Solid Timber Boards

Solid timber boards are usually made from a naturally durable and water-resistant species of wood. They can also be treated with a preservative. The good thing about stable timber boarding is that it provides remarkable resistance against warping if done correctly. Warping and shrinkage usually occur when plain-edged panels are used instead of jointed panels. 

When plain-edged panels are used, solid timber boards are prone to shrinking and warping. While plain-edge panels are cheaper, jointed panels will provide more protection in the long run. 


Concrete can also be used for roofing substrates. They are most commonly used for multi-story buildings. By far, the best thing about concrete for roofing substrates is that they provide outstanding structural integrity. Also, as mentioned earlier, they are ideal for multi-floor buildings. 

One of the downsides of using concrete for your roofing substrate is that you are limited in what type of roof coatings you can use. In general, you should only cover concrete substrates with non-bonded or partially bonded coating systems. 


There are several metal roofing substrate materials on the market. However, the most common and practical are aluminum and galvanized steel. Metal roofing substrates are commonly used in commercial construction as they provide strength and durability for more significant buildings. Aluminum is especially beneficial to use as a substrate in areas with high humidity due to its inherent moisture resistance. Aluminum is also lightweight (doesn’t put a lot of stress on the building structure) and strong (provides a solid base for most types of roof coatings). 

The downside to metal roofing substrates is that they do not provide a continuous surface. As a result, they typically have to be used to supplement timber substrates.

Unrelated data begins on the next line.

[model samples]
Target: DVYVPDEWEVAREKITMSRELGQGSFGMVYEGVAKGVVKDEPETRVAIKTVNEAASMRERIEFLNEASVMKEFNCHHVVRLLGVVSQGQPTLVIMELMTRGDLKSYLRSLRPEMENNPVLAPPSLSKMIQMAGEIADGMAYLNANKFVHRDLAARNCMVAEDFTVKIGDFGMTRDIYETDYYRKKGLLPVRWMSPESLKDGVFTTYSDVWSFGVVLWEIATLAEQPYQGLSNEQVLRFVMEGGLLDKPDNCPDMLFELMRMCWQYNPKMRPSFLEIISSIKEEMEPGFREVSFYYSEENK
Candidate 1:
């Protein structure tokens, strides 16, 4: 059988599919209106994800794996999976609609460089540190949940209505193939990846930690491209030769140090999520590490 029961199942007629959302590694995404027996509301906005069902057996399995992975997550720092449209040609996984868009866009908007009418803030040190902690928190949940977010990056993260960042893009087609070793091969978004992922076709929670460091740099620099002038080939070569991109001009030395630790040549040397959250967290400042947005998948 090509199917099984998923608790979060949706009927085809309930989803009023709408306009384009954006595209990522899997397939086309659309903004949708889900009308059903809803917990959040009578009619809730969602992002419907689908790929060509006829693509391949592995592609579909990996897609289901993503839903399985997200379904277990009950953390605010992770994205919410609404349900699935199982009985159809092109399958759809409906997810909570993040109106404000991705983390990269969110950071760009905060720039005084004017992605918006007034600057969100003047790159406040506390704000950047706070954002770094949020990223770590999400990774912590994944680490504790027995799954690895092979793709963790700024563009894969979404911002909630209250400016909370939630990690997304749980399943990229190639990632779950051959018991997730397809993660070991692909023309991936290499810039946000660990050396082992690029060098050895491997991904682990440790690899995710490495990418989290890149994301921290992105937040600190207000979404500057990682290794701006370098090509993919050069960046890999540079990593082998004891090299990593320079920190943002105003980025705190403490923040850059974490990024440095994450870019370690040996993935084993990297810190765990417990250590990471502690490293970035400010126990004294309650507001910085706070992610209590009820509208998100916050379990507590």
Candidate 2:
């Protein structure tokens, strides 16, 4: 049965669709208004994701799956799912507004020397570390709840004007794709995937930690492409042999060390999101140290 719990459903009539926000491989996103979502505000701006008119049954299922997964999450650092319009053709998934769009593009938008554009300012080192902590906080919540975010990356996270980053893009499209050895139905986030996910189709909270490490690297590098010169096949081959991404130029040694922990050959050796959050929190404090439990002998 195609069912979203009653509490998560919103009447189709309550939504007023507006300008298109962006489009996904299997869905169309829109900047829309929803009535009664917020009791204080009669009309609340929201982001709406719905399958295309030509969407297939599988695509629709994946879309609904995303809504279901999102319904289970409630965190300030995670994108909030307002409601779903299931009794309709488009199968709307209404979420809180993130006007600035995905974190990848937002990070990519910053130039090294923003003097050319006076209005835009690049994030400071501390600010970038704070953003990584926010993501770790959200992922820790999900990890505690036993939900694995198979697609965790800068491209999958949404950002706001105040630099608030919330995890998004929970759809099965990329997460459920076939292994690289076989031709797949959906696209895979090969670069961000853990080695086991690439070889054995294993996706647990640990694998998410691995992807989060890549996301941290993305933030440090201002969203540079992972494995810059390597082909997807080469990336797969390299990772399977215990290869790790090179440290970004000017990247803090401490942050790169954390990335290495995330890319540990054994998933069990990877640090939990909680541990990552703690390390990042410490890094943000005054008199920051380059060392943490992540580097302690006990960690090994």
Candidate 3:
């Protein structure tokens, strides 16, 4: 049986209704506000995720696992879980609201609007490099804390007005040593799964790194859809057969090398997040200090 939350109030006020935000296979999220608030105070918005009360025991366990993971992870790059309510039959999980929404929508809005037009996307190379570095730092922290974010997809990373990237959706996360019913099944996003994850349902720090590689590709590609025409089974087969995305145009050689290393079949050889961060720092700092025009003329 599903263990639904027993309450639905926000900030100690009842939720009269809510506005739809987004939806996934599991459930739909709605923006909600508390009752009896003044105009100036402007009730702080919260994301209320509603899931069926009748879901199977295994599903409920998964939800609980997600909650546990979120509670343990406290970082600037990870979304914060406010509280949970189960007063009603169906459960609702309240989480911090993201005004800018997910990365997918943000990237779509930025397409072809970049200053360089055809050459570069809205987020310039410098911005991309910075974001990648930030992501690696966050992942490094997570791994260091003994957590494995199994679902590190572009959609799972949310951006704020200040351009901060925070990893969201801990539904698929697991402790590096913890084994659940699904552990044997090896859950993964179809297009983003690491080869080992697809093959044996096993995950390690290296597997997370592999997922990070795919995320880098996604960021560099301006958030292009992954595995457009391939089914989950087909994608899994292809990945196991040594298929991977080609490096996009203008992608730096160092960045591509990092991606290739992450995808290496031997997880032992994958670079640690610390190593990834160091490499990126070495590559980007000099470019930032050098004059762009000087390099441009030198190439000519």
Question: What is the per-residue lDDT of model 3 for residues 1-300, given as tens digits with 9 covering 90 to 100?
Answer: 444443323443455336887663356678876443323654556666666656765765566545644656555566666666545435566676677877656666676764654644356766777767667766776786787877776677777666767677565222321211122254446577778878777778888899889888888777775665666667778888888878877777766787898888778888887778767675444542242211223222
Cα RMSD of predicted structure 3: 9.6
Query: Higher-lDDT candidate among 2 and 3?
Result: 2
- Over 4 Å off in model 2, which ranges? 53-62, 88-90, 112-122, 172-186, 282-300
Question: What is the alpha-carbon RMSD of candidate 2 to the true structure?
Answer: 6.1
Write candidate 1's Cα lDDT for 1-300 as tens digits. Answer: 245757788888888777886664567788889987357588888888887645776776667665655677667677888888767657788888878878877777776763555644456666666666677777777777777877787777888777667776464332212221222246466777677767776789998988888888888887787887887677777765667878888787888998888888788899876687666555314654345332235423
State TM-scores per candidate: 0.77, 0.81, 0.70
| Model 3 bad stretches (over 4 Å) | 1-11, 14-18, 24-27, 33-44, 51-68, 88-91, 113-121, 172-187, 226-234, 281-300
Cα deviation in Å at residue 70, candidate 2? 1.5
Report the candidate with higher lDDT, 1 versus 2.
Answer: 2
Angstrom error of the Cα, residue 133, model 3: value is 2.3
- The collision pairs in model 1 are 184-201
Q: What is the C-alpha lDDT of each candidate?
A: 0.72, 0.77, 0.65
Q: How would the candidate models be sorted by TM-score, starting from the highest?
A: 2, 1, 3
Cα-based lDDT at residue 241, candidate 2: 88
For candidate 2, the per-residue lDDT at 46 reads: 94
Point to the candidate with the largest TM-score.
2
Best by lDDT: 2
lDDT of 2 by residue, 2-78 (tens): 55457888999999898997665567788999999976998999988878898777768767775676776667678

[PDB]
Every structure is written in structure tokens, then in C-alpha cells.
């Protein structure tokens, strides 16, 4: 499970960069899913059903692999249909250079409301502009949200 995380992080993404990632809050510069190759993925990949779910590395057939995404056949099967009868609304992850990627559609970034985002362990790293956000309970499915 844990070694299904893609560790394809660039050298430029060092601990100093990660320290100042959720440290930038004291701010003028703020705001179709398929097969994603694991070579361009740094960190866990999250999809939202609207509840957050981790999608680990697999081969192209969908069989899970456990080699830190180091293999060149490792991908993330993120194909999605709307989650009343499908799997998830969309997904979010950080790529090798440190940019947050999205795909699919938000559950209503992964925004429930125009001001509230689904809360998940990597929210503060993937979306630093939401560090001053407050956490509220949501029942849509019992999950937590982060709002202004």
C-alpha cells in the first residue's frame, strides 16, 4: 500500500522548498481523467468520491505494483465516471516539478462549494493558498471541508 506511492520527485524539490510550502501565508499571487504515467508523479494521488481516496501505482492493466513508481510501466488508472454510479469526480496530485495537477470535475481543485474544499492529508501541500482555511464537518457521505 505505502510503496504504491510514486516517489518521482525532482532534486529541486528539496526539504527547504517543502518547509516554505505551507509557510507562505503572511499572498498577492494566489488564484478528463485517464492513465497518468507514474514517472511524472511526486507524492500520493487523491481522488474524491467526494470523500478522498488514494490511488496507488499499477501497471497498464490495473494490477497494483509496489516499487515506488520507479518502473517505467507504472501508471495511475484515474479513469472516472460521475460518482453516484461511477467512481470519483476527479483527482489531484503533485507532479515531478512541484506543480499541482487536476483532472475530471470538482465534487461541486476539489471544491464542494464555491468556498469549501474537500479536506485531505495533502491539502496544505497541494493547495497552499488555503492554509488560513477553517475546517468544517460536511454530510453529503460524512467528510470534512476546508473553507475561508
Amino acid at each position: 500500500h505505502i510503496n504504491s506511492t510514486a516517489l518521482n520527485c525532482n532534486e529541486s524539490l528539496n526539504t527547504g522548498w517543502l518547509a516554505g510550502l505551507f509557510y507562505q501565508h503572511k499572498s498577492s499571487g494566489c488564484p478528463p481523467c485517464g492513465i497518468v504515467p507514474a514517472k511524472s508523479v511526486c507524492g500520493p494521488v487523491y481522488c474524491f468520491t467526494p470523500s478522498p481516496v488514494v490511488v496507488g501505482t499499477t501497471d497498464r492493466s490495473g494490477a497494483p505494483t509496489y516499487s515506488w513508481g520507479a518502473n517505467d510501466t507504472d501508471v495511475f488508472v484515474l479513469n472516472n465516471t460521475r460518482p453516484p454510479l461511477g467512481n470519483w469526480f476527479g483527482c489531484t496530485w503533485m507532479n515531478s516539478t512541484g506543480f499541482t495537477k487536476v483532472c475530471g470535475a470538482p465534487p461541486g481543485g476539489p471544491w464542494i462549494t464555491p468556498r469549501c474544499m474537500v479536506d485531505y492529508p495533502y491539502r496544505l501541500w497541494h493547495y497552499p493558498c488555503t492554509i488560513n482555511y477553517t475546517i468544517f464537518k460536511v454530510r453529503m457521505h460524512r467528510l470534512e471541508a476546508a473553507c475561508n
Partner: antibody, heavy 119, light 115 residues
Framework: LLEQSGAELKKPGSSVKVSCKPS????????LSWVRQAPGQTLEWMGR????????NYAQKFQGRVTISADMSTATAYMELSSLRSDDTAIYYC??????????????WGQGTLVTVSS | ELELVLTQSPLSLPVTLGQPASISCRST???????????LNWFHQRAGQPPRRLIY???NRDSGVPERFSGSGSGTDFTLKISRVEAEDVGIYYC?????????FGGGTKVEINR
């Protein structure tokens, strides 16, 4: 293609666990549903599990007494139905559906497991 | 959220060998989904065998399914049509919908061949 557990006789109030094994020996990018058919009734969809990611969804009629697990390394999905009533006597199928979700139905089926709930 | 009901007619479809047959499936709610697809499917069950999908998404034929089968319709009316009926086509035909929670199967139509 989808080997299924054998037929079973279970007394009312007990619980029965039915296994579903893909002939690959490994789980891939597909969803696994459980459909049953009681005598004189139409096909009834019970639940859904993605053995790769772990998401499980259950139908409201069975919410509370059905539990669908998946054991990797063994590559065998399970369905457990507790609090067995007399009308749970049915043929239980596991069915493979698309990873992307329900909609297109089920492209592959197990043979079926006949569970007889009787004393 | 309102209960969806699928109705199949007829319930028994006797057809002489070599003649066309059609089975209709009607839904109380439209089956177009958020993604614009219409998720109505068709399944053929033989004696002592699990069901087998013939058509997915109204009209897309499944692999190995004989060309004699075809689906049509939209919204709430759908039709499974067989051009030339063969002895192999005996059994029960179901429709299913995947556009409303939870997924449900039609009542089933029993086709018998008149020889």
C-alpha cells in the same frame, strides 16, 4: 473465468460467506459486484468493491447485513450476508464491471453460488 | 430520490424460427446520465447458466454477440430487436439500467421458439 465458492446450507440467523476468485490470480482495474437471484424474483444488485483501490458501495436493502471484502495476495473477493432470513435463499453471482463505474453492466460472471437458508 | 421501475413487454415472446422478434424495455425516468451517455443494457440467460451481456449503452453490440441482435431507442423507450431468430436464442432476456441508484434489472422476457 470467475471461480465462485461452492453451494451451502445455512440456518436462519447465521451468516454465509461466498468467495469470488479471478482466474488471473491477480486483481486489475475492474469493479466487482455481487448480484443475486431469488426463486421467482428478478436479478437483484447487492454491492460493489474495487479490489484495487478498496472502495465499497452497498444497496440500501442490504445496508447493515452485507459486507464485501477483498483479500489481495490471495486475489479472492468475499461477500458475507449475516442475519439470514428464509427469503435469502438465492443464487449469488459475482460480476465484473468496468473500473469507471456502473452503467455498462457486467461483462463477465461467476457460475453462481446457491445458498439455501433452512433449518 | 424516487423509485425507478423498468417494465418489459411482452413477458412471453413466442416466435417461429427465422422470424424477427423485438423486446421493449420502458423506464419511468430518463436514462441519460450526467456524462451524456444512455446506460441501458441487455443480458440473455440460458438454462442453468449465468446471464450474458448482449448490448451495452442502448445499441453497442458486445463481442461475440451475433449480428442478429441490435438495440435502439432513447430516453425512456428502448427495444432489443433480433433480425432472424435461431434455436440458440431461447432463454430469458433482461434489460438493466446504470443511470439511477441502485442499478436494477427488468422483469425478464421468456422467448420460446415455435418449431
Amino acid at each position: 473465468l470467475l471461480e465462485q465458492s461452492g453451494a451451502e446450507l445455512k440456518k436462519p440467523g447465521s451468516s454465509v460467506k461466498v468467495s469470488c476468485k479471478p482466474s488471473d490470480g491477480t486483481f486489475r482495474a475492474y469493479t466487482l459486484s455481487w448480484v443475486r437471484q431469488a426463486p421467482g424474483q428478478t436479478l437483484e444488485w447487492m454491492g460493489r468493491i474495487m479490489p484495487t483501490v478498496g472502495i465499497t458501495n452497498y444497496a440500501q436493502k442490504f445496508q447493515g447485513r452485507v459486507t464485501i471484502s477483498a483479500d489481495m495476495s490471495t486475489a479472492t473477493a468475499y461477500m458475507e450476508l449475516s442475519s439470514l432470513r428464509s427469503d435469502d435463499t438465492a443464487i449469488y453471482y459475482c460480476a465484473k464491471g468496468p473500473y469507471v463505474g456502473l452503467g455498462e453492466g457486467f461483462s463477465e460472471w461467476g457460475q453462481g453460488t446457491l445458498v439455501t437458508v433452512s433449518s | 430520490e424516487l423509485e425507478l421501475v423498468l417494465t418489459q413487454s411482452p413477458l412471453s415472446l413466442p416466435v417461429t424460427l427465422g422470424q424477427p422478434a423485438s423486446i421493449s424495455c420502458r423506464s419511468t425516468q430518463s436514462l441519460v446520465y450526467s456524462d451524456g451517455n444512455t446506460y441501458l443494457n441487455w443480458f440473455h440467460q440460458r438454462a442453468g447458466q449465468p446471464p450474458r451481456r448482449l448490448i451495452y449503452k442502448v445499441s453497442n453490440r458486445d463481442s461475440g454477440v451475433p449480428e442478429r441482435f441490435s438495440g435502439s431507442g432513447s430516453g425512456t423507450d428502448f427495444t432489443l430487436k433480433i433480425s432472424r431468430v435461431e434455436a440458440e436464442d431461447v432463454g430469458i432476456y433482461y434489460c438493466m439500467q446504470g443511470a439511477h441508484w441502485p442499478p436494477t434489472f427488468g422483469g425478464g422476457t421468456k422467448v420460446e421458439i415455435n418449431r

Get Help With Roofing Substrates

Whether you are installing a new roofing substrate or needing repairs on your existing one, you must work with a professional. Your building – whether it be your home or your business – is too important to leave in the hands of amateurs. In addition, a compromised roofing substrate can detriment the structural integrity of the entire building. 

That’s why we encourage you to work with a professional roofing company. At Roofer’s Guild, we provide marketing services for professional roofing contractors from around the country. You can find a local contractor on Google search who will install or repair your roofing substrate professionally – no matter what type you need/have. So start searching now.

5 Cool Roof Materials for Commercial Buildings

Cool Roof Materials

When it comes to choosing a cooling system, there are a number of materials available that will make it easier to keep your home cooler for longer without having to spend a ton of money on running an HVAC system, particularly during the hottest months of the summer.

The thing is, there are a number of different materials that are available that can provide that “cool” roofing experience. Determining which cool roofing material is the best option can go a long way towards making your home more efficient and saving on those HVAC bills going forward.

So, how do you know which “cool” roofing material to choose from? Here is a guide to five of the best “cool” roofing materials out there. Each comes with a description of just what that roofing material is, how it is installed, and how it can have the greatest impact on your current roofing system as well as the impact that it can have.

Coated Roofs

This is a roofing material that is quite literally coated with a paint-like finish. This is done to enhance the roof’s adhesion, longevity, and durability while also taking the steps to reduce bacterial growth that can lead to mold and mildew.